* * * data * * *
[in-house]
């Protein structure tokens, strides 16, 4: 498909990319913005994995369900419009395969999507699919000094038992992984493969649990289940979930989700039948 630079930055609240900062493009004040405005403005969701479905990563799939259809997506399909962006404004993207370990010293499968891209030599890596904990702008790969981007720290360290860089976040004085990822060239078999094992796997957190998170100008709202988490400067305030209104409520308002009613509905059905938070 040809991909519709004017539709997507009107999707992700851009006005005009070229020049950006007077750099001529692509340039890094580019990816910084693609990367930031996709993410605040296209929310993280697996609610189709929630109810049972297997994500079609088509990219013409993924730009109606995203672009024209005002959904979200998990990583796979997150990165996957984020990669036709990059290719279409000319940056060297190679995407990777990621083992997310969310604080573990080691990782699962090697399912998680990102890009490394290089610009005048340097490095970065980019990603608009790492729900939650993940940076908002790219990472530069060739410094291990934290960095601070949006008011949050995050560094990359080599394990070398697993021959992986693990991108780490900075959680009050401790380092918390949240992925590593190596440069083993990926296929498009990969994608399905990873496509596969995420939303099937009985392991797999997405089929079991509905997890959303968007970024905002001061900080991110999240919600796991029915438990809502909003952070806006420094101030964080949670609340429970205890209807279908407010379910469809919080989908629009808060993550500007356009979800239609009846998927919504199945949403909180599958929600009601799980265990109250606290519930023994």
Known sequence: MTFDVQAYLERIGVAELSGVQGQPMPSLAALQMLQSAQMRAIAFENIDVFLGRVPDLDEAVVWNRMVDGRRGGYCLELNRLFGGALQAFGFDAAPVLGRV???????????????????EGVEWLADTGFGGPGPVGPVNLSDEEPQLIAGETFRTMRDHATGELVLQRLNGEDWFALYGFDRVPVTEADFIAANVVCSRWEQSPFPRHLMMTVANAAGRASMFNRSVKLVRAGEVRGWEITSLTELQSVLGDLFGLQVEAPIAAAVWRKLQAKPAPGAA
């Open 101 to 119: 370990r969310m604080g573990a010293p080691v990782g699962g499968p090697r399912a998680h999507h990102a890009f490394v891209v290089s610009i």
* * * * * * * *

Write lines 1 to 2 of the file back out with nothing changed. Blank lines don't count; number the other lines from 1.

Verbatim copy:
[in-house]
């Protein structure tokens, strides 16, 4: 498909990319913005994995369900419009395969999507699919000094038992992984493969649990289940979930989700039948 630079930055609240900062493009004040405005403005969701479905990563799939259809997506399909962006404004993207370990010293499968891209030599890596904990702008790969981007720290360290860089976040004085990822060239078999094992796997957190998170100008709202988490400067305030209104409520308002009613509905059905938070 040809991909519709004017539709997507009107999707992700851009006005005009070229020049950006007077750099001529692509340039890094580019990816910084693609990367930031996709993410605040296209929310993280697996609610189709929630109810049972297997994500079609088509990219013409993924730009109606995203672009024209005002959904979200998990990583796979997150990165996957984020990669036709990059290719279409000319940056060297190679995407990777990621083992997310969310604080573990080691990782699962090697399912998680990102890009490394290089610009005048340097490095970065980019990603608009790492729900939650993940940076908002790219990472530069060739410094291990934290960095601070949006008011949050995050560094990359080599394990070398697993021959992986693990991108780490900075959680009050401790380092918390949240992925590593190596440069083993990926296929498009990969994608399905990873496509596969995420939303099937009985392991797999997405089929079991509905997890959303968007970024905002001061900080991110999240919600796991029915438990809502909003952070806006420094101030964080949670609340429970205890209807279908407010379910469809919080989908629009808060993550500007356009979800239609009846998927919504199945949403909180599958929600009601799980265990109250606290519930023994």